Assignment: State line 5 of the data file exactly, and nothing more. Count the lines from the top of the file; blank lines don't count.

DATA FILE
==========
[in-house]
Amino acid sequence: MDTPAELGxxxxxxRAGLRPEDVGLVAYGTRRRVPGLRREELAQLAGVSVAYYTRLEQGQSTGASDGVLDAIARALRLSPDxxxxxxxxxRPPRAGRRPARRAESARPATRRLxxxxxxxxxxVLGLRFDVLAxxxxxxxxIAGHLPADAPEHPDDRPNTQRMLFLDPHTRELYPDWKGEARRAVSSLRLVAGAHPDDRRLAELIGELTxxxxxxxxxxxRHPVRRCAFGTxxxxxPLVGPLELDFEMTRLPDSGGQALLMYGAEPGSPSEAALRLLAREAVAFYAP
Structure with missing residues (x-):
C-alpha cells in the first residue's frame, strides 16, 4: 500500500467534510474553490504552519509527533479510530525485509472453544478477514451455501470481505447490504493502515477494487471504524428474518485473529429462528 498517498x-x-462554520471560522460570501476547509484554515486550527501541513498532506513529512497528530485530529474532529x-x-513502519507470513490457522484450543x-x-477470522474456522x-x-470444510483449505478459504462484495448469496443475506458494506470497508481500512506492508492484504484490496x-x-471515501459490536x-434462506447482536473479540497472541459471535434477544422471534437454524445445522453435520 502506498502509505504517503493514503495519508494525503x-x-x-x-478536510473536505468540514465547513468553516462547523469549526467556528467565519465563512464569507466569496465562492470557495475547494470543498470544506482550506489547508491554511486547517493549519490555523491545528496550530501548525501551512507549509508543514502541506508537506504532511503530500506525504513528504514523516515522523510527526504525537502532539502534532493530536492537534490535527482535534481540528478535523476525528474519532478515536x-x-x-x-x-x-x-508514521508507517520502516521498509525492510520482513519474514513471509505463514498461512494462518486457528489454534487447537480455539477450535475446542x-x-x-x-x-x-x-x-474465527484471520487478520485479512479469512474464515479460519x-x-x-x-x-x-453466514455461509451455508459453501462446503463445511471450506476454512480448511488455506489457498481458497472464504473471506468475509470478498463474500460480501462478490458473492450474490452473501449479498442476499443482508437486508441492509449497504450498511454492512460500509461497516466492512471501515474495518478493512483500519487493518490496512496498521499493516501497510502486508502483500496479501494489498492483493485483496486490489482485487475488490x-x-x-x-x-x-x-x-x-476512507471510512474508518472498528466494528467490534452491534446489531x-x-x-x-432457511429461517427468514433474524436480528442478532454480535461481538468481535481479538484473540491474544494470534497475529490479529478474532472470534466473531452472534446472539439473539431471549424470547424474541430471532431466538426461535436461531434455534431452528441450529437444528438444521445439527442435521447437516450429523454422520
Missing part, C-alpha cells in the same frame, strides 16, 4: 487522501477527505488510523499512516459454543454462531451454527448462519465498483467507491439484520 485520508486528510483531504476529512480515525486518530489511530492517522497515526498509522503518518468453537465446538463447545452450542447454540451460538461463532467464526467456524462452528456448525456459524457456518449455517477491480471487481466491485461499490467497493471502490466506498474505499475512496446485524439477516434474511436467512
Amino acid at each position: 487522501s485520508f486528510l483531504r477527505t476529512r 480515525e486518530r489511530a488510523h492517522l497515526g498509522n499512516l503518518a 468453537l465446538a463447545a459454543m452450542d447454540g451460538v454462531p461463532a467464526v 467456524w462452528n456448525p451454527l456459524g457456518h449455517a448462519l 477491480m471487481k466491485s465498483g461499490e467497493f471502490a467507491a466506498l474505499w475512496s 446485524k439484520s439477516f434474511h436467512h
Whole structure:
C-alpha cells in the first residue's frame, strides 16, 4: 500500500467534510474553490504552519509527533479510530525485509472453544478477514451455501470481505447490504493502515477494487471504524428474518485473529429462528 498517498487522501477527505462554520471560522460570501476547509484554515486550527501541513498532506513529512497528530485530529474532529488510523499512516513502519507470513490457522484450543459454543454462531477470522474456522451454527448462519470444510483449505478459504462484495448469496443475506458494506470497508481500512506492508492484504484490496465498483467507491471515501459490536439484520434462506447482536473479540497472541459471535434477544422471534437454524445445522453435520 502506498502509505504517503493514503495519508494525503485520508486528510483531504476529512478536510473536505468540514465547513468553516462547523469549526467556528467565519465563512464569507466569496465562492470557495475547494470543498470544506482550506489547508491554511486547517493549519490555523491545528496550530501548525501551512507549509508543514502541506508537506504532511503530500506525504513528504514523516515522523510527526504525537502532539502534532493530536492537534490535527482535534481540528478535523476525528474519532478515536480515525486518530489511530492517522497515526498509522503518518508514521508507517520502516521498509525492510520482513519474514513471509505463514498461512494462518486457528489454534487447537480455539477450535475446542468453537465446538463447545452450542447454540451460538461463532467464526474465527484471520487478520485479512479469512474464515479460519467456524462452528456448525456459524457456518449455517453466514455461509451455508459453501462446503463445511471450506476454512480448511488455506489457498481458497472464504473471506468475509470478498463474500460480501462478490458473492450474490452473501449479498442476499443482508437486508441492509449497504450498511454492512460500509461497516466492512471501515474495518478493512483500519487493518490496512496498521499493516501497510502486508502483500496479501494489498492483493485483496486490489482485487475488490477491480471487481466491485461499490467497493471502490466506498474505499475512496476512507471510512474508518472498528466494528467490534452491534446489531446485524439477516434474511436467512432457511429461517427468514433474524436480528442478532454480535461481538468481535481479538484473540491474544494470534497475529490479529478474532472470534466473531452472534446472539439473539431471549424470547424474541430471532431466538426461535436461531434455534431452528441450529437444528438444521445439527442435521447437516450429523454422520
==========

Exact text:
Missing part, C-alpha cells in the same frame, strides 16, 4: 487522501477527505488510523499512516459454543454462531451454527448462519465498483467507491439484520 485520508486528510483531504476529512480515525486518530489511530492517522497515526498509522503518518468453537465446538463447545452450542447454540451460538461463532467464526467456524462452528456448525456459524457456518449455517477491480471487481466491485461499490467497493471502490466506498474505499475512496446485524439477516434474511436467512